In an effort to sell the British Air Ministry on the concept of a new lightweight, twin-engine all-modern fighter before the start of hostilities concerning World War 2 (1939-1945), the Miles Aircraft concern drew up plans for the proposed "M.22" (detailed elsewhere on this site). This aircraft was uniquely arranged with the cockpit embedded in the middle and at the center mass of the wing mainplane, producing as small a frontal area footprint as possible and, therefore, reducing drag for exceptional high-speed performance. The aircraft was to be powered by a pair of Rolls-Royce "Griffon" inline piston engines, have a "tail-dragger" undercarriage, and feature a 10-machine gun "gun nest" in the mainplane's leading edge.
Before this idea was completely abandoned, the M.22 was evolved to become the "M.22A" which went down a more conventional design route and was arranged against Specification F.18/40 (calling for a "turret fighter" / nightfighter) of 1940. For its own time on the drawing boards, the M.22A was consistently modified throughout its proposal phase, resulting in several primary forms taking shape (though none were eventually pursued).
With an appearance akin to the classic de Havilland DH.98 "Mosquito" heavy fighter (and similar dimensions to boot), the M.22A was given an elliptically-shaped wing mainplane that was low-mounted (and forward of midships) against the fuselage and its inline engine pair was underslung in a typical period fashion. Unlike the original M.22, the M.22A had a more traditional rounded fuselage form with the cockpit seated directly aft of the nose cone. The tail unit was to incorporate a twin-rudder arrangement (one offshoot drawing depicted a triple-rudder tailplane configuration) and primary armament was to become a cannon arrangement embedded in the nose. Construction (a semi-monocoque approach for the fuselage) was to rely heavily on wood to save on wartime resources such as metal. The operating crew was to be two personnel (as in the Mosquito heavy fighter).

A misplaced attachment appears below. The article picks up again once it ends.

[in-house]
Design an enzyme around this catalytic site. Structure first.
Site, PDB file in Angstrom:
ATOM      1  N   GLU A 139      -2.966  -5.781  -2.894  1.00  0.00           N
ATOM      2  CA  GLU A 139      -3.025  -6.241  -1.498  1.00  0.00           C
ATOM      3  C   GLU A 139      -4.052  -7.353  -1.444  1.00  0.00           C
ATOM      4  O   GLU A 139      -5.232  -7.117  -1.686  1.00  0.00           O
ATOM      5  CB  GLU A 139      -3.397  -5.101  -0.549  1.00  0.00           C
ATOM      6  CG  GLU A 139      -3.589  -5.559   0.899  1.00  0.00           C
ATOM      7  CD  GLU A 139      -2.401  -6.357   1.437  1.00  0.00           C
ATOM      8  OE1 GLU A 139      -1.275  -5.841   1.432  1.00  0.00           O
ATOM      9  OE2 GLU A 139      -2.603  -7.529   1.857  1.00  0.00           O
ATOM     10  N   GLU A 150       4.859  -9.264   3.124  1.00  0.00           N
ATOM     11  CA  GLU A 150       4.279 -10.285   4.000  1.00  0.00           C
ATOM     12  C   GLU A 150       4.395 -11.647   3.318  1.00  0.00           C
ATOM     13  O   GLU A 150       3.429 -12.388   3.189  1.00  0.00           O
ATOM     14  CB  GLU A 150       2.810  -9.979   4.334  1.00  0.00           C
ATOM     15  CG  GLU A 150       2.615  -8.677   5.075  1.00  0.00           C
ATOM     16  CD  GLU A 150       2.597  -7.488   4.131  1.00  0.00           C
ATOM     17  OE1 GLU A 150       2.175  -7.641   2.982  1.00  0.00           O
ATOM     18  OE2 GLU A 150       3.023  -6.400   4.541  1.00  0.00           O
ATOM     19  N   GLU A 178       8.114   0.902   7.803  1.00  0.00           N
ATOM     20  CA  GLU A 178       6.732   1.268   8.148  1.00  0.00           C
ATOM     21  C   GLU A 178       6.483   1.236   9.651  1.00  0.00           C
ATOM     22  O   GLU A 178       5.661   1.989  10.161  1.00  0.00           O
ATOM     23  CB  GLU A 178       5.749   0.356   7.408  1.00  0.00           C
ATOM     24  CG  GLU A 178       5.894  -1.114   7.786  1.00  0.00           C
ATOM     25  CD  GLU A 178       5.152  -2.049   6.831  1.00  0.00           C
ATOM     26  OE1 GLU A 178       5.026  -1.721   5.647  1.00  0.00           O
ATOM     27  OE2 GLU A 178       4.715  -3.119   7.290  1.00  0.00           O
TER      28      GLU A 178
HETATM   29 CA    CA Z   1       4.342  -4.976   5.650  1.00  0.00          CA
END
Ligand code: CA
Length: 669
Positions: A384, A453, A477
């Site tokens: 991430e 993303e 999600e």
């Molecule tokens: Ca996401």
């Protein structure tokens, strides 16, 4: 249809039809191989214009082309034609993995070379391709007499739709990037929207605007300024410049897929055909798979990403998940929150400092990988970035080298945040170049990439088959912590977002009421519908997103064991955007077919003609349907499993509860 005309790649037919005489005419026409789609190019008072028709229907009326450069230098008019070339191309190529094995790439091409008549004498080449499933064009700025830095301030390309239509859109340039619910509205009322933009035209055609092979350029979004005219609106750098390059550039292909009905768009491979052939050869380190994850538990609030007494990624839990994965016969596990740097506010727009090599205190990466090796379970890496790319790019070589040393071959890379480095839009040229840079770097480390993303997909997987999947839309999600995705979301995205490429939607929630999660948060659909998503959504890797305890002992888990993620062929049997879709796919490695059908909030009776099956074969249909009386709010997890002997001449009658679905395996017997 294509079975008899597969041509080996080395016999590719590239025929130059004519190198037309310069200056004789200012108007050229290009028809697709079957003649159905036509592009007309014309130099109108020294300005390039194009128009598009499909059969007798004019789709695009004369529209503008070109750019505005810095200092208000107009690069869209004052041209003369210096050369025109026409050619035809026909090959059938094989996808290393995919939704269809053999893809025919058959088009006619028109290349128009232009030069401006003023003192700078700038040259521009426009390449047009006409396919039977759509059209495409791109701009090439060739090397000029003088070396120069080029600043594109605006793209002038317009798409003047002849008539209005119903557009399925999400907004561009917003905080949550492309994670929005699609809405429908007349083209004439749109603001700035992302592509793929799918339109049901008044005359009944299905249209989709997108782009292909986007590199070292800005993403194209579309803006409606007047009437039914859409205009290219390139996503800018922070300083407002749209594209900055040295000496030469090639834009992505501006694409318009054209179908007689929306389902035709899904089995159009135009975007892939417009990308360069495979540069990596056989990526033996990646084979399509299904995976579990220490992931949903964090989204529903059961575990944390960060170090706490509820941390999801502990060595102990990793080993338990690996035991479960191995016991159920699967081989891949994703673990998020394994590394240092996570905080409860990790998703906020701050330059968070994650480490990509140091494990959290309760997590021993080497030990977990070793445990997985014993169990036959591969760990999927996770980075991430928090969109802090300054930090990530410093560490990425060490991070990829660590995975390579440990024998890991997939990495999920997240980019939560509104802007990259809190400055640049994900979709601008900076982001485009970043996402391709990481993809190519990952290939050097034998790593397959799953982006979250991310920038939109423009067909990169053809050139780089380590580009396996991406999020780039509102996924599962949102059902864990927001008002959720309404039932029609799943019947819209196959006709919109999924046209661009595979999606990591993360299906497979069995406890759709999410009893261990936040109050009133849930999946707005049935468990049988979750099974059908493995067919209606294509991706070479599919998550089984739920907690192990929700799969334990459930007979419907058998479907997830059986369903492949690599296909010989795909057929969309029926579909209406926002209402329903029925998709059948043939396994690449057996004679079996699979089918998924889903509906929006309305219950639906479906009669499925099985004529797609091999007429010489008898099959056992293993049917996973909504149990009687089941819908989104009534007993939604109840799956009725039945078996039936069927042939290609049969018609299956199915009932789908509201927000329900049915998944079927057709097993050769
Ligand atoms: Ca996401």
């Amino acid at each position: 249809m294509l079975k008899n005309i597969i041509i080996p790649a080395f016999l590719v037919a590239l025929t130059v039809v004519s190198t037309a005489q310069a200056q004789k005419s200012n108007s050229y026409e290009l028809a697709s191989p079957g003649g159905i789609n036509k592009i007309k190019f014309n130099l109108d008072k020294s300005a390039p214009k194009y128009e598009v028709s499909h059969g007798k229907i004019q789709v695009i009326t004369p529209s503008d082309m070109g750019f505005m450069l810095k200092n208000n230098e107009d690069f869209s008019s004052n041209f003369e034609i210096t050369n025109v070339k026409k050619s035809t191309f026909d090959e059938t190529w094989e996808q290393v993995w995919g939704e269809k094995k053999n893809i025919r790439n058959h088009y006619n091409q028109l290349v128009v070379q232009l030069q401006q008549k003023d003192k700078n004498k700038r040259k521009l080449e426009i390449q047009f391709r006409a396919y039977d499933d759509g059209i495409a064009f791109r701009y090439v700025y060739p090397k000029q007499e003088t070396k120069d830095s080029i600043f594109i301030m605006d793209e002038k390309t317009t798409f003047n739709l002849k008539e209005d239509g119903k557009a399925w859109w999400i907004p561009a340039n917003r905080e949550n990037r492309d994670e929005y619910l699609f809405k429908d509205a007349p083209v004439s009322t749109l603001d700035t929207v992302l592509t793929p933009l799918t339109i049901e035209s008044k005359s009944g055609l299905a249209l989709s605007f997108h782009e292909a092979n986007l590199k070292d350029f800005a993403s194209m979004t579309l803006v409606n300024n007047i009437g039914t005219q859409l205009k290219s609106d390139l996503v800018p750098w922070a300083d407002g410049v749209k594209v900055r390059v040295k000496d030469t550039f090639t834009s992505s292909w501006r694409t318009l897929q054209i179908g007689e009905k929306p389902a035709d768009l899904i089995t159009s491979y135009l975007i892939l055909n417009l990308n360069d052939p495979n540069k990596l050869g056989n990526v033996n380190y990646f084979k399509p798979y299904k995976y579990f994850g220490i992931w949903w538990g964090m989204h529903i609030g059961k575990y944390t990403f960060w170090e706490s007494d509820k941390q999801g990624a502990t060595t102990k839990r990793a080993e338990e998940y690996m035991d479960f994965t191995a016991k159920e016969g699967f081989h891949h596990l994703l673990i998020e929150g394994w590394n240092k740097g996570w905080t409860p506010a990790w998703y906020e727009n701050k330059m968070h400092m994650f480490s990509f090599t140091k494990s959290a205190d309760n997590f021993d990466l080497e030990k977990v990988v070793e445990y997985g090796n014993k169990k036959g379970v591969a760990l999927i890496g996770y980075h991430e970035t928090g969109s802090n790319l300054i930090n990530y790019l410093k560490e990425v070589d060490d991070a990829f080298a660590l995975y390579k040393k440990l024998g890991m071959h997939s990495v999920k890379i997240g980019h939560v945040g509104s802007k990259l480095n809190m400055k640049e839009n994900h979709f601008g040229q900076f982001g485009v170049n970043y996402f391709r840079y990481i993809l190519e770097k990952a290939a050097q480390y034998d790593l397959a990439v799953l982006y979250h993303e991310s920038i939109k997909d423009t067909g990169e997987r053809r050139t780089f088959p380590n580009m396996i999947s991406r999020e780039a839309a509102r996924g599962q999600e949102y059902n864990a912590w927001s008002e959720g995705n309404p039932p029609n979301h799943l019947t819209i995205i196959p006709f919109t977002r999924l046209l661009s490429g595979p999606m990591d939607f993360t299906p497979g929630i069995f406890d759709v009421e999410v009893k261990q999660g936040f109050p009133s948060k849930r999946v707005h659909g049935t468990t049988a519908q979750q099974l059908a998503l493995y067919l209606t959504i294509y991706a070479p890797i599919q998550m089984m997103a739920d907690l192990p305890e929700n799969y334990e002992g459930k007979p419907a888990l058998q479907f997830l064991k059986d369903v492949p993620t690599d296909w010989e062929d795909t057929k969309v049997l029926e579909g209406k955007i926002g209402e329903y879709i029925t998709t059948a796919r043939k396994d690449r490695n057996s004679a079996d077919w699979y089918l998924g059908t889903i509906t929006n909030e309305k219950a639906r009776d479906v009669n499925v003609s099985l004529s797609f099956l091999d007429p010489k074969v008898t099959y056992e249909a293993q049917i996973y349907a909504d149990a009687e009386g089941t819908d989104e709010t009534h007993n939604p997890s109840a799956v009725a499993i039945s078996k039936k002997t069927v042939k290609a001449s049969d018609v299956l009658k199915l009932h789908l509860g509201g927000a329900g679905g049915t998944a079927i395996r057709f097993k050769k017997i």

The M.22A was to be powered by a pair of liquid-cooled inline piston engines, these becoming either the Rolls-Royce "Merlin XX" or "Merlin 60" series powerplants. The engines, housed in all-new, well-streamlined nacelles, would be used to drive three-bladed propeller units in "puller" fashion and provide the platform with an estimated maximum speed of 405-425 miles-per-hour with a service ceiling beyond 40,000 feet (requiring cockpit pressurization).
As drawn up, the aircraft measured a running length of 35 feet and a wingspan of 51 feet. "All-up-weight" was to reach 16,500lb.
In comparison, the classic Mosquito (B.Mk.XVI model) reached speeds of 415mph and measured 44.5 feet long with a wingspan of 54.1 feet.
Armament-wise, the new fighter was to carry an all-cannon (of 20mm caliber each) battery in forward-firing mountings in or around the nose assembly. One version of the fighter sported the cannons in pairs along the sides of the nose while another version detailed all four cannons under the nose in a side-by-side arrangement. In either case, the aircraft was to have considerable frontal-hitting firepower against enemy fighters and bombers of the day and afforded the platform exceptional attack abilities against ground targets. In addition to this, thought was given to adding a traversing mechanism to the gun battery to increase the aircraft's firing arc from centerline - adding a unique tactical aspect to the design. Still another form added an entire Boulton Paul turret assembly to the mix, this complete system fielding four total guns.
In any event, the M.22A fell to the same fate as the earlier M.22. It was not pursued as the British wartime commitment grew larger and larger with each passing month into 1940. The Royal Air Force would make do with its current crop of fighters for the foreseeable future.
The F.18/40 requirement was eventually fulfilled by the de Havilland Mosquito NF.II series heavy fighter.